The novel features which are considered characteristic of the present invention are set forth in the appended claims. The invention itself, however, both as to its construction and its method of operation, together with additional objects and advantages thereof, will be best understood from the following description of the specific embodiments when read and understood in connection with the accompanying drawing.

BRIEF DESCRIPTION OF THE DRAWING

The figures of the drawing are briefly described as follows:

FIG. 1 is a diagrammatic perspective view of the present invention in use;

FIG. 2 is an enlarged diagrammatic perspective view of the area generally enclosed by the dotted curve identified by ARROW 2 in FIG. 1 of the present invention; and

FIG. 3 is an enlarged diagrammatic perspective view taken generally in the direction of ARROW 3 in FIG. 2.

LIST OF REFERENCE NUMERALS UTILIZED IN THE DRAWING

10 electronic pulse rate counter of present invention for snapping onto rubber tubing of 12, and interfacing with, conventional stethoscope 14

12 rubber tubing of conventional stethoscope 14

14 conventional stethoscope

16 housing for snapping onto rubber tubing 12 of conventional stethoscope 14

18 sensor for interfacing with, and sensing pulses traveling through, rubber tubing 12 of conventional stethoscope 14

20 digital display for displaying rate of pulses traveling through rubber tubing 12 of conventional stethoscope 14 sensed by sensor 18

22 circuitry for allowing digital display 20 to display rate of pulses traveling through rubber tubing 12 of conventional stethoscope 14 sensed by sensor 18

24 front surface of housing 16 for facing ambient

26 rear surface of housing 16 for facing rubber tubing 12 of conventional stethoscope 14

28 interior of housing 16

30 perimeter of housing 16

32 door in rear surface 24 of housing 16

34 clip of housing 16 for snapping housing 16 onto rubber tubing 12 of conventional stethoscope 14

36 buttons of circuitry 22

38 battery interface of circuitry 22 for interfacing with battery (not shown)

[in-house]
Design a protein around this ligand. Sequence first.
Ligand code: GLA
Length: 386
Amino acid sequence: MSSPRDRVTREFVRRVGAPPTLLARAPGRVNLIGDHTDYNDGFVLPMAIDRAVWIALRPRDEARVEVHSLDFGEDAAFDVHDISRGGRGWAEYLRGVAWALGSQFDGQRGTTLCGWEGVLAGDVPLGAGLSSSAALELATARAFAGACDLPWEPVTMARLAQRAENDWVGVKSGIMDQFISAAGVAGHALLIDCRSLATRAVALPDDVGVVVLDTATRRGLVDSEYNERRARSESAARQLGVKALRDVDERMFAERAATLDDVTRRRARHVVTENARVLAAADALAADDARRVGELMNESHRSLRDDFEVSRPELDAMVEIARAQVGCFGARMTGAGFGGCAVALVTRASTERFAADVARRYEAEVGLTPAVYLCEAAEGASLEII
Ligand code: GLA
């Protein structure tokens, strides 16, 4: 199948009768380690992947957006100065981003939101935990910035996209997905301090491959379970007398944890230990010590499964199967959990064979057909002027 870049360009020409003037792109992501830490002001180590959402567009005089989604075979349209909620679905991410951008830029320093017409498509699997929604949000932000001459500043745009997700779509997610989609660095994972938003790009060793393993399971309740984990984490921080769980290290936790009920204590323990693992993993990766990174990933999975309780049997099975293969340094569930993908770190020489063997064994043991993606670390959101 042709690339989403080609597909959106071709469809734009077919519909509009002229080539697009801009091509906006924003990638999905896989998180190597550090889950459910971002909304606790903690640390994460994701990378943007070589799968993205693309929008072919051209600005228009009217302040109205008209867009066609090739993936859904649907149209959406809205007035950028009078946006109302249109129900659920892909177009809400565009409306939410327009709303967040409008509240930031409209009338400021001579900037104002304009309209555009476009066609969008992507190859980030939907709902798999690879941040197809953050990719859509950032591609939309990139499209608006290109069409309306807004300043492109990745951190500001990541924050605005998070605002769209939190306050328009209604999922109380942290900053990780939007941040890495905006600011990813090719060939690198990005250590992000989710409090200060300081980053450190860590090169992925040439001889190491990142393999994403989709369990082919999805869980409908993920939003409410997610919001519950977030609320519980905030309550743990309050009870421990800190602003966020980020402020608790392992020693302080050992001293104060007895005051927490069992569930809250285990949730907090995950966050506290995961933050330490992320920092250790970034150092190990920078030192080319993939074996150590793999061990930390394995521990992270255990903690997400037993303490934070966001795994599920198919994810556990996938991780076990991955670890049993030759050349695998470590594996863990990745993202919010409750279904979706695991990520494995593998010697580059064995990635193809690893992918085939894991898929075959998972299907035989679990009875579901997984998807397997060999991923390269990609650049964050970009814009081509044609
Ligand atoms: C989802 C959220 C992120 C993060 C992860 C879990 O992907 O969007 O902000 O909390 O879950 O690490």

DETAILED DESCRIPTION OF THE PREFERRED EMBODIMENT

Referring now to the figures, in which like numerals indicate like parts, and particularly to FIG. 1, which is a diagrammatic perspective view of the present invention in use, the electronic pulse rate counter of the present invention is shown generally at 10 for snapping onto rubber tubing 12 of, and interfacing with, a conventional stethoscope 14.

The configuration of the electronic pulse rate counter 10 of the present invention can best be seen in FIGS. 2 and 3, which are, respectively, an enlarged diagrammatic perspective view of the area generally enclosed by the dotted curve identified by ARROW 2 in FIG. 1 of the present invention, and an enlarged diagrammatic perspective view taken generally in the direction of ARROW 3 in FIG. 2, and as such, will be discussed with reference thereto.

The electronic pulse rate counter 10 comprises a housing 16 for snapping onto the rubber tubing 12 of the conventional stethoscope 14.

The electronic pulse rate counter 10 further comprises a sensor 18 that is operatively connected to the housing 16 for interfacing with, and sensing pulses traveling through, the rubber tubing 12 of the conventional stethoscope 14.

The electronic pulse rate counter 10 further comprises a digital display 20 that is visible through the housing 14 and electrically communicates with the sensor 18 for displaying a rate of the pulses traveling through the rubber tubing 12 of the conventional stethoscope 14 sensed by the sensor 18.

The electronic pulse rate counter 10 further comprises circuitry 22 that electrically communicates with both the sensor 18 and the digital display 20 for allowing the digital display 20 to display the rate of the pulses traveling through the rubber tubing 12 of the conventional stethoscope 14 sensed by the sensor 18.

The housing 16 is disk-shaped with rounded edges so as to have no sharp edges for at least one of cutting into, and damaging, the rubber tubing 12 of the conventional stethoscope 14 and injuring a user (not shown).